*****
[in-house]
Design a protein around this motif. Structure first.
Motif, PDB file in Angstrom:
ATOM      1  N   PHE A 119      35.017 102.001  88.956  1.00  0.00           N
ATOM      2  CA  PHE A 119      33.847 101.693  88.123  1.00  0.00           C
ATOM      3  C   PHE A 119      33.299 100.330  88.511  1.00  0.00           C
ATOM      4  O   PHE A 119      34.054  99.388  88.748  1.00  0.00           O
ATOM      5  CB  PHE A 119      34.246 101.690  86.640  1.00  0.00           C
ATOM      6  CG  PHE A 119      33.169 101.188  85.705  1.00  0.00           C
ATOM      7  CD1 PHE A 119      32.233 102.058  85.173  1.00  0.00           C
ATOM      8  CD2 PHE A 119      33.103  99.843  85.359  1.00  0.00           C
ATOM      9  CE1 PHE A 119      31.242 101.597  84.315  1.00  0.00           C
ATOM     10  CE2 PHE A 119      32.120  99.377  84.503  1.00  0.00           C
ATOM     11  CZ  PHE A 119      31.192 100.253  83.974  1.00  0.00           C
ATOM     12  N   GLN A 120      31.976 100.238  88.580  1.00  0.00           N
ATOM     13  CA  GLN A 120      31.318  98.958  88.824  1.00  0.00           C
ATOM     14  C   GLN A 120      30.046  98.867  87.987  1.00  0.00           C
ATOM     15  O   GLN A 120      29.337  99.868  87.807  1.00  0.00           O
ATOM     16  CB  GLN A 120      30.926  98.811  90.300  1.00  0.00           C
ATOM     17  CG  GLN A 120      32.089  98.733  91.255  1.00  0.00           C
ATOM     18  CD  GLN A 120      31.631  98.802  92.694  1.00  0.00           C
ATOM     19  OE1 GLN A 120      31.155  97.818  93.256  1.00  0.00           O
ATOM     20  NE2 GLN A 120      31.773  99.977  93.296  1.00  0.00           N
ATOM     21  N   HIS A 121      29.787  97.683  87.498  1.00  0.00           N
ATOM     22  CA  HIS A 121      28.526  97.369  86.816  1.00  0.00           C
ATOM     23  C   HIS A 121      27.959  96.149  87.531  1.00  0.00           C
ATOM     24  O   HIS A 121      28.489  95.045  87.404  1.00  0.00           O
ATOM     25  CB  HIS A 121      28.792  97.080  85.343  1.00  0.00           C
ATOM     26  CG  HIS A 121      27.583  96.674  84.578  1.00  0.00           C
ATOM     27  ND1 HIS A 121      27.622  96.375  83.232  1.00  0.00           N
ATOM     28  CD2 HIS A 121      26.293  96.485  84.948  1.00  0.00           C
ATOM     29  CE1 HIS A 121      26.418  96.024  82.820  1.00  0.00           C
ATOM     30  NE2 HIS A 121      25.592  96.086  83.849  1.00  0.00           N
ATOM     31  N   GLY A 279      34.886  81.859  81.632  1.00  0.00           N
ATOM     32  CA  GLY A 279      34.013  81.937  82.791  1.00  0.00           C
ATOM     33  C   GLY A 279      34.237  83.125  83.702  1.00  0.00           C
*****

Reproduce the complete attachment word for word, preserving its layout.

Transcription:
[in-house]
Design a protein around this motif. Structure first.
Motif, PDB file in Angstrom:
ATOM      1  N   PHE A 119      35.017 102.001  88.956  1.00  0.00           N
ATOM      2  CA  PHE A 119      33.847 101.693  88.123  1.00  0.00           C
ATOM      3  C   PHE A 119      33.299 100.330  88.511  1.00  0.00           C
ATOM      4  O   PHE A 119      34.054  99.388  88.748  1.00  0.00           O
ATOM      5  CB  PHE A 119      34.246 101.690  86.640  1.00  0.00           C
ATOM      6  CG  PHE A 119      33.169 101.188  85.705  1.00  0.00           C
ATOM      7  CD1 PHE A 119      32.233 102.058  85.173  1.00  0.00           C
ATOM      8  CD2 PHE A 119      33.103  99.843  85.359  1.00  0.00           C
ATOM      9  CE1 PHE A 119      31.242 101.597  84.315  1.00  0.00           C
ATOM     10  CE2 PHE A 119      32.120  99.377  84.503  1.00  0.00           C
ATOM     11  CZ  PHE A 119      31.192 100.253  83.974  1.00  0.00           C
ATOM     12  N   GLN A 120      31.976 100.238  88.580  1.00  0.00           N
ATOM     13  CA  GLN A 120      31.318  98.958  88.824  1.00  0.00           C
ATOM     14  C   GLN A 120      30.046  98.867  87.987  1.00  0.00           C
ATOM     15  O   GLN A 120      29.337  99.868  87.807  1.00  0.00           O
ATOM     16  CB  GLN A 120      30.926  98.811  90.300  1.00  0.00           C
ATOM     17  CG  GLN A 120      32.089  98.733  91.255  1.00  0.00           C
ATOM     18  CD  GLN A 120      31.631  98.802  92.694  1.00  0.00           C
ATOM     19  OE1 GLN A 120      31.155  97.818  93.256  1.00  0.00           O
ATOM     20  NE2 GLN A 120      31.773  99.977  93.296  1.00  0.00           N
ATOM     21  N   HIS A 121      29.787  97.683  87.498  1.00  0.00           N
ATOM     22  CA  HIS A 121      28.526  97.369  86.816  1.00  0.00           C
ATOM     23  C   HIS A 121      27.959  96.149  87.531  1.00  0.00           C
ATOM     24  O   HIS A 121      28.489  95.045  87.404  1.00  0.00           O
ATOM     25  CB  HIS A 121      28.792  97.080  85.343  1.00  0.00           C
ATOM     26  CG  HIS A 121      27.583  96.674  84.578  1.00  0.00           C
ATOM     27  ND1 HIS A 121      27.622  96.375  83.232  1.00  0.00           N
ATOM     28  CD2 HIS A 121      26.293  96.485  84.948  1.00  0.00           C
ATOM     29  CE1 HIS A 121      26.418  96.024  82.820  1.00  0.00           C
ATOM     30  NE2 HIS A 121      25.592  96.086  83.849  1.00  0.00           N
ATOM     31  N   GLY A 279      34.886  81.859  81.632  1.00  0.00           N
ATOM     32  CA  GLY A 279      34.013  81.937  82.791  1.00  0.00           C
ATOM     33  C   GLY A 279      34.237  83.125  83.702  1.00  0.00           C